Players shown the tangerine – a work in progress, that – could be forced to sit out for a specified length of time, giving the opposing team an advantage while ensuring their own side is not depleted for the remainder of the entire match.

Again, this could lead to teams being more proactive as they would try and seize the initiative when having 11 versus 10, while also knowing that their numerical advantage will not last for however long is left.

Axing VAR for good

VAR is without doubt the most controversial and contentious change to football in a generation.

VAR has remained controversial since it was brought into football - is it time to get rid?

VAR has remained controversial since it was brought into football – is it time to get rid?

You would be hard pressed to find anyone who is totally in support of the technology and its rather baffling edict to wipe out the ‘clear and obvious errors’ made by referees.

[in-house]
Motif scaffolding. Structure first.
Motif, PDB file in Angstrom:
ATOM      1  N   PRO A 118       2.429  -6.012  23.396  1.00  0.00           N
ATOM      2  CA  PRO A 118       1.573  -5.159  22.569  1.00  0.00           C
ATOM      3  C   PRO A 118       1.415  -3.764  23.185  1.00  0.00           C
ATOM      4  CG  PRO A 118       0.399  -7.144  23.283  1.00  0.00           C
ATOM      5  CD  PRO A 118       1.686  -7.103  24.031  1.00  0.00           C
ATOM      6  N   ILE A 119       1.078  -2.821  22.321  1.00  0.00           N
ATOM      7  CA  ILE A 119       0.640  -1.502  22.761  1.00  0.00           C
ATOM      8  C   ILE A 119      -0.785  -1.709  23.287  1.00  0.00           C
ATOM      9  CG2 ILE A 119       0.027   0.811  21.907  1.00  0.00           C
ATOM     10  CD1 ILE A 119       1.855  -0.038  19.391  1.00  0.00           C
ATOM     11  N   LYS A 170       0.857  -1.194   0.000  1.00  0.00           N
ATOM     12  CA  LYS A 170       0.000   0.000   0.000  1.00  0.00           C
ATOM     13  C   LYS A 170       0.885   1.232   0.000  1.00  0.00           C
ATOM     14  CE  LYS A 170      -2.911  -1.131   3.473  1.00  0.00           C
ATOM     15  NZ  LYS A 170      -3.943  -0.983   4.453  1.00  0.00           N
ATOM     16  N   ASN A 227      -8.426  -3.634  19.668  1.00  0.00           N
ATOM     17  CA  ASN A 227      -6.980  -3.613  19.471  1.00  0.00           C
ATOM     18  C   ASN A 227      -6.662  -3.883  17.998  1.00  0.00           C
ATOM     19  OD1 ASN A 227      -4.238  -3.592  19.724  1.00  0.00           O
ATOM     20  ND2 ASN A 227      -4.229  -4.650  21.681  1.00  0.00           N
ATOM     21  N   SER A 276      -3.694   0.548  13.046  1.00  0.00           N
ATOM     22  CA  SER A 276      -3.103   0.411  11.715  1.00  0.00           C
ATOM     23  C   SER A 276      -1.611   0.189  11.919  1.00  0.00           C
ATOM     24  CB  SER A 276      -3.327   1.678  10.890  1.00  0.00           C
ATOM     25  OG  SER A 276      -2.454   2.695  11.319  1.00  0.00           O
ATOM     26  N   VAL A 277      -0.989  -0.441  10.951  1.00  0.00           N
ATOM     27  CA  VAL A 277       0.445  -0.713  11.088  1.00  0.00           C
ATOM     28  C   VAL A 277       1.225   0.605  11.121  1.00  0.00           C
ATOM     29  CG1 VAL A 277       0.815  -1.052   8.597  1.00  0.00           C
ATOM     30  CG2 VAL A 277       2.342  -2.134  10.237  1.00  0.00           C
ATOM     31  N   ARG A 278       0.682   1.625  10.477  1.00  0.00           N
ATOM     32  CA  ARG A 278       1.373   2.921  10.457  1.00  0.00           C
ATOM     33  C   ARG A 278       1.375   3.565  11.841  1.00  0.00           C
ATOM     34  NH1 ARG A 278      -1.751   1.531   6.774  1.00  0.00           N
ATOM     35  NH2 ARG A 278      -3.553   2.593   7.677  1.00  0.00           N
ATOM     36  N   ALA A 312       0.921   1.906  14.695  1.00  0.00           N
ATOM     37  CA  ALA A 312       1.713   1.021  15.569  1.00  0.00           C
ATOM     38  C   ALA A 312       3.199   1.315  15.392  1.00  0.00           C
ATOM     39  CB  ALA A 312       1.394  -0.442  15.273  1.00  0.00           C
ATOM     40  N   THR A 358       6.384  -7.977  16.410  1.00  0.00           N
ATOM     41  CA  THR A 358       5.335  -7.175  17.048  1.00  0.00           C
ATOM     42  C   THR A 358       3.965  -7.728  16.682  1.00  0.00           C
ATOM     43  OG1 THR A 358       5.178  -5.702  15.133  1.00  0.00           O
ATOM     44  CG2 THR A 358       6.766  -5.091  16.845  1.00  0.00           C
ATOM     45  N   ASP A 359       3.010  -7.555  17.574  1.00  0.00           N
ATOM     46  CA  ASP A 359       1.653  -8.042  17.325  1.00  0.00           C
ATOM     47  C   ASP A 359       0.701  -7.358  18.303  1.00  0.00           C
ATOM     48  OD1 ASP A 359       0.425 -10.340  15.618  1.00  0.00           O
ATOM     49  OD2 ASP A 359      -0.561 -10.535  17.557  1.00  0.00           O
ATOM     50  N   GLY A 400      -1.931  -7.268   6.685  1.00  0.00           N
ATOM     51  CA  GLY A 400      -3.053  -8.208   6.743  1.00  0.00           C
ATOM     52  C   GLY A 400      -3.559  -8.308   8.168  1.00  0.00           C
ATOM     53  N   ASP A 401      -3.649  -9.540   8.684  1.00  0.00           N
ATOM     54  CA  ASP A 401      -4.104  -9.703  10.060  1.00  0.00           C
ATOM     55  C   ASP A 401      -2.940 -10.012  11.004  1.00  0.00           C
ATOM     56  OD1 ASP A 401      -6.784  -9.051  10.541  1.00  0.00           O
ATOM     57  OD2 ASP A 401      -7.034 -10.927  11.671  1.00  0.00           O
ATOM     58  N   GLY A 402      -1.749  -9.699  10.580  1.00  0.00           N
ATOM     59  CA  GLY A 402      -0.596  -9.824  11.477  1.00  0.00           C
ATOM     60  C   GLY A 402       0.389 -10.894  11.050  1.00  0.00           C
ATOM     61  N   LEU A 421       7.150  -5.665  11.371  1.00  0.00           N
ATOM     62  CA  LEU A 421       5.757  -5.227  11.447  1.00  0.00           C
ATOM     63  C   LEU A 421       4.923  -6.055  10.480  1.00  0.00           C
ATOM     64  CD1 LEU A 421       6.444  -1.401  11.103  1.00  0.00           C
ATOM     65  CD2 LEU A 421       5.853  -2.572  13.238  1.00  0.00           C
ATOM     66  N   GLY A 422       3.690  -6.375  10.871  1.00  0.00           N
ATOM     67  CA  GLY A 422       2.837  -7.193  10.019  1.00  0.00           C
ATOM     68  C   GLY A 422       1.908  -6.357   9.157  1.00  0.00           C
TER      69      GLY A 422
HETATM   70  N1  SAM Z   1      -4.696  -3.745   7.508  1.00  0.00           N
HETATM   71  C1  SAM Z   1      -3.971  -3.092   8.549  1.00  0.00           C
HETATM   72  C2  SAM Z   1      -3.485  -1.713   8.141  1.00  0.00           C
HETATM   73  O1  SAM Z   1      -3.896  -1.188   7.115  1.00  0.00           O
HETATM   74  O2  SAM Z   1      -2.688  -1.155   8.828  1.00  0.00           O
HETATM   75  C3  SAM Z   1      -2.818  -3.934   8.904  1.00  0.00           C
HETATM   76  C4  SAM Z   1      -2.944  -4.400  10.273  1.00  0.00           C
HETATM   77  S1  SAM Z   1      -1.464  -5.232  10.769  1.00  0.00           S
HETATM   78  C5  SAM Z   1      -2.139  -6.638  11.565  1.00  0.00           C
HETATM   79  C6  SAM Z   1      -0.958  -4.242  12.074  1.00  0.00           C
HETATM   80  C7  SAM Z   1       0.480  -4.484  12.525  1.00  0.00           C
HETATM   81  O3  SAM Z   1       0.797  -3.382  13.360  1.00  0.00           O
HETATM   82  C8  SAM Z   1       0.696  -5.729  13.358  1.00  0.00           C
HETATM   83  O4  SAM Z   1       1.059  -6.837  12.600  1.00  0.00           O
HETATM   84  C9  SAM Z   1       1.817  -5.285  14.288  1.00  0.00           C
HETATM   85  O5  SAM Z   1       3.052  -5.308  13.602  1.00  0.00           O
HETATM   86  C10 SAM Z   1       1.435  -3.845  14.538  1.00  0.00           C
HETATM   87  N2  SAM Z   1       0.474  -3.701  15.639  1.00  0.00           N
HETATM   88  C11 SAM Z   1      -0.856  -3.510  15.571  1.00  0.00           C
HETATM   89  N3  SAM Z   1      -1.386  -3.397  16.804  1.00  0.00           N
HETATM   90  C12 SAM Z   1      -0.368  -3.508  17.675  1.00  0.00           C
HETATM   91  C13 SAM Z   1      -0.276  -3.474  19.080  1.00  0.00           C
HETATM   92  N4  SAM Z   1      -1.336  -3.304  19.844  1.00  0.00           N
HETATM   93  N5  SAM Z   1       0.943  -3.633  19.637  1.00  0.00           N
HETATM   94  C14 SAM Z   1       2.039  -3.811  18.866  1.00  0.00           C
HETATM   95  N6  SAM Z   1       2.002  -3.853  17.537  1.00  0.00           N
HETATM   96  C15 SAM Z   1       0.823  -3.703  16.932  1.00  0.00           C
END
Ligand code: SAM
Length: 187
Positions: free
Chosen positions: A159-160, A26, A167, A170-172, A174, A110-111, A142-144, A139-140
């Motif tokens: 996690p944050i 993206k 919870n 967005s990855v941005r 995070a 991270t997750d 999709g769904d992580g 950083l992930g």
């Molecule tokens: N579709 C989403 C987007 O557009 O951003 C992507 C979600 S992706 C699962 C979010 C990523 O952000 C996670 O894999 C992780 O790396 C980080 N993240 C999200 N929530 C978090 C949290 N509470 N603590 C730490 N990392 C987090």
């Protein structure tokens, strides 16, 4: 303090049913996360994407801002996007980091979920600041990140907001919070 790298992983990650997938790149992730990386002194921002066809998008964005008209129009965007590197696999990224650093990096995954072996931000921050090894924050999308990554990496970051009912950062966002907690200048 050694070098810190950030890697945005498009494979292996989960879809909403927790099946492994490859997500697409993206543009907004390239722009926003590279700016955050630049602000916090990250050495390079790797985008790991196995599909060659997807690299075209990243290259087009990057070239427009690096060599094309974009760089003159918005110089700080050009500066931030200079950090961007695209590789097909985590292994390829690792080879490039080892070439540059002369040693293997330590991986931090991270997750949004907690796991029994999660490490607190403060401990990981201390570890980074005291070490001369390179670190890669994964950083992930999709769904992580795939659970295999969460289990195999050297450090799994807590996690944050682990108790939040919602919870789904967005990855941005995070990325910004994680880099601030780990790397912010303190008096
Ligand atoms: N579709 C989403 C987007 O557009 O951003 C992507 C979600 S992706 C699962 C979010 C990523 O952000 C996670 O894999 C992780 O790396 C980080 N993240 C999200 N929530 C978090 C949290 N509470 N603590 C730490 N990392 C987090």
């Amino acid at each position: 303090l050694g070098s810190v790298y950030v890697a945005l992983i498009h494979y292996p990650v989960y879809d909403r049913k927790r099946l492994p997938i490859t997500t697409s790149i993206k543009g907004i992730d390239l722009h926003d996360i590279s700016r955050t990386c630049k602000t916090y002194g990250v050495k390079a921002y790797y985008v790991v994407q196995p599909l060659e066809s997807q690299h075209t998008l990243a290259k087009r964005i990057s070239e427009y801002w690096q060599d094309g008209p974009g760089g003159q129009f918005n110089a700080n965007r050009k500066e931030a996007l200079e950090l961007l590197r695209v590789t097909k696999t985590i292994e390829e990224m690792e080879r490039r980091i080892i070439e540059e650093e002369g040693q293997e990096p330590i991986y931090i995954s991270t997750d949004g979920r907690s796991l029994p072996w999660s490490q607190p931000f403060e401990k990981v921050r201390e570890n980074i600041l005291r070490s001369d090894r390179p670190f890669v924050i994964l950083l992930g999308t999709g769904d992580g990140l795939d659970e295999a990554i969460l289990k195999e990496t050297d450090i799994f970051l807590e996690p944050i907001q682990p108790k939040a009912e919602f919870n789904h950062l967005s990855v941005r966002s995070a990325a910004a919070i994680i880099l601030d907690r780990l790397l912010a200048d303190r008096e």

VAR often appears to be looking for reasons to rule out what look to be perfectly legitimate goals and has seemingly made a similar number of mistakes to the human in the middle.

Dozens of fans have had enough with it and want it gone. Others – myself included – would like to see the ‘clear and obvious’ element abolished. 

Referees are told to check the monitor by the VAR team if they spot a decision which could be overturned

Referees are told to check the monitor by the VAR team if they spot a decision which could be overturned

There is a view that if you’ve got the technology, use it. There is far too much at stake across the game to only implement it at certain moments.

While goal-line technology has been near-perfect, VAR has been anything but. It may be time to ditch it once and for all. 

Kick-ins

Football’s lawmakers, the concisely named International Football Association Board, have agreed to trial kick-ins as a replacement for throw-ins, although their formal introduction remains a long way off.